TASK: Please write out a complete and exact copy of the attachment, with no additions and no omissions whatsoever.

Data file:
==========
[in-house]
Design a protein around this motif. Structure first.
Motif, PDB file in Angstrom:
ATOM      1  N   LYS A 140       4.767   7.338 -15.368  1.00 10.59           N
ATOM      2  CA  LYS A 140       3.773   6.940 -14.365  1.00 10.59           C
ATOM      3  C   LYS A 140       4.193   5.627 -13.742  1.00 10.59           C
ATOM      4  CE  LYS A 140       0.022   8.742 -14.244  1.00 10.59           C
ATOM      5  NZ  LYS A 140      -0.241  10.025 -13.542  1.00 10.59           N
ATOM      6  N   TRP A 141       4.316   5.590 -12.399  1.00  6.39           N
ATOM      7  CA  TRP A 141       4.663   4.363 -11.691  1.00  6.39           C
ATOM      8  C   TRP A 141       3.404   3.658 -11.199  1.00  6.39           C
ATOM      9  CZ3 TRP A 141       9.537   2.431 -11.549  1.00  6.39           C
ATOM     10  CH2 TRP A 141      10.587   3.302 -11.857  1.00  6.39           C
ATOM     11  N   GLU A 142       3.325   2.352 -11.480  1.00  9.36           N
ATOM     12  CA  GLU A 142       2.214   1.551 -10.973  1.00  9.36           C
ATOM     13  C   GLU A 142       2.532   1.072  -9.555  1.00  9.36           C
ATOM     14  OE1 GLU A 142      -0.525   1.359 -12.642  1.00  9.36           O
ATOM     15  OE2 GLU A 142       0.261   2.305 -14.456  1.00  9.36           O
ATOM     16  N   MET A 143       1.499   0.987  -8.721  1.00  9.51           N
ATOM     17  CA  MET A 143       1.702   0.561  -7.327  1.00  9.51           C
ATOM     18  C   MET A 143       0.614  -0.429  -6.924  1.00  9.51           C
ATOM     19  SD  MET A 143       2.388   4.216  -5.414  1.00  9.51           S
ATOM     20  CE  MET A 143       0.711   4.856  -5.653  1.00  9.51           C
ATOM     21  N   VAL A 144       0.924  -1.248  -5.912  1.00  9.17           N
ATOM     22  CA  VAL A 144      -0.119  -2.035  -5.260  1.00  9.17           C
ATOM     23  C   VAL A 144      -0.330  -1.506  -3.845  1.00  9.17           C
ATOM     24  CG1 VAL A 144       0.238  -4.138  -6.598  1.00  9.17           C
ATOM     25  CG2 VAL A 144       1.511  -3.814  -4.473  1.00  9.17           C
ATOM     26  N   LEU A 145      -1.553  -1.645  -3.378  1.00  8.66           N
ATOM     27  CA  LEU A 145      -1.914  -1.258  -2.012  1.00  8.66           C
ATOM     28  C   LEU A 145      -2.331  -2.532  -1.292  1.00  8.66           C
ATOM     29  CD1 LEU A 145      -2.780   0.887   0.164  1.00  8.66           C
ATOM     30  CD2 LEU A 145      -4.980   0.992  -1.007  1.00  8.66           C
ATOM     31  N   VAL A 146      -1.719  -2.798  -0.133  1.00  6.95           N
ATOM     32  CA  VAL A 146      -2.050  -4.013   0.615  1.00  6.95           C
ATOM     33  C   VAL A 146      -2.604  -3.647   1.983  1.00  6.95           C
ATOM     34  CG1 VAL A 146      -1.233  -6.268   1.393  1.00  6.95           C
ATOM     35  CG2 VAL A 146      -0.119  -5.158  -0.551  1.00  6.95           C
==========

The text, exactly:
[in-house]
Design a protein around this motif. Structure first.
Motif, PDB file in Angstrom:
ATOM      1  N   LYS A 140       4.767   7.338 -15.368  1.00 10.59           N
ATOM      2  CA  LYS A 140       3.773   6.940 -14.365  1.00 10.59           C
ATOM      3  C   LYS A 140       4.193   5.627 -13.742  1.00 10.59           C
ATOM      4  CE  LYS A 140       0.022   8.742 -14.244  1.00 10.59           C
ATOM      5  NZ  LYS A 140      -0.241  10.025 -13.542  1.00 10.59           N
ATOM      6  N   TRP A 141       4.316   5.590 -12.399  1.00  6.39           N
ATOM      7  CA  TRP A 141       4.663   4.363 -11.691  1.00  6.39           C
ATOM      8  C   TRP A 141       3.404   3.658 -11.199  1.00  6.39           C
ATOM      9  CZ3 TRP A 141       9.537   2.431 -11.549  1.00  6.39           C
ATOM     10  CH2 TRP A 141      10.587   3.302 -11.857  1.00  6.39           C
ATOM     11  N   GLU A 142       3.325   2.352 -11.480  1.00  9.36           N
ATOM     12  CA  GLU A 142       2.214   1.551 -10.973  1.00  9.36           C
ATOM     13  C   GLU A 142       2.532   1.072  -9.555  1.00  9.36           C
ATOM     14  OE1 GLU A 142      -0.525   1.359 -12.642  1.00  9.36           O
ATOM     15  OE2 GLU A 142       0.261   2.305 -14.456  1.00  9.36           O
ATOM     16  N   MET A 143       1.499   0.987  -8.721  1.00  9.51           N
ATOM     17  CA  MET A 143       1.702   0.561  -7.327  1.00  9.51           C
ATOM     18  C   MET A 143       0.614  -0.429  -6.924  1.00  9.51           C
ATOM     19  SD  MET A 143       2.388   4.216  -5.414  1.00  9.51           S
ATOM     20  CE  MET A 143       0.711   4.856  -5.653  1.00  9.51           C
ATOM     21  N   VAL A 144       0.924  -1.248  -5.912  1.00  9.17           N
ATOM     22  CA  VAL A 144      -0.119  -2.035  -5.260  1.00  9.17           C
ATOM     23  C   VAL A 144      -0.330  -1.506  -3.845  1.00  9.17           C
ATOM     24  CG1 VAL A 144       0.238  -4.138  -6.598  1.00  9.17           C
ATOM     25  CG2 VAL A 144       1.511  -3.814  -4.473  1.00  9.17           C
ATOM     26  N   LEU A 145      -1.553  -1.645  -3.378  1.00  8.66           N
ATOM     27  CA  LEU A 145      -1.914  -1.258  -2.012  1.00  8.66           C
ATOM     28  C   LEU A 145      -2.331  -2.532  -1.292  1.00  8.66           C
ATOM     29  CD1 LEU A 145      -2.780   0.887   0.164  1.00  8.66           C
ATOM     30  CD2 LEU A 145      -4.980   0.992  -1.007  1.00  8.66           C
ATOM     31  N   VAL A 146      -1.719  -2.798  -0.133  1.00  6.95           N
ATOM     32  CA  VAL A 146      -2.050  -4.013   0.615  1.00  6.95           C
ATOM     33  C   VAL A 146      -2.604  -3.647   1.983  1.00  6.95           C
ATOM     34  CG1 VAL A 146      -1.233  -6.268   1.393  1.00  6.95           C
ATOM     35  CG2 VAL A 146      -0.119  -5.158  -0.551  1.00  6.95           C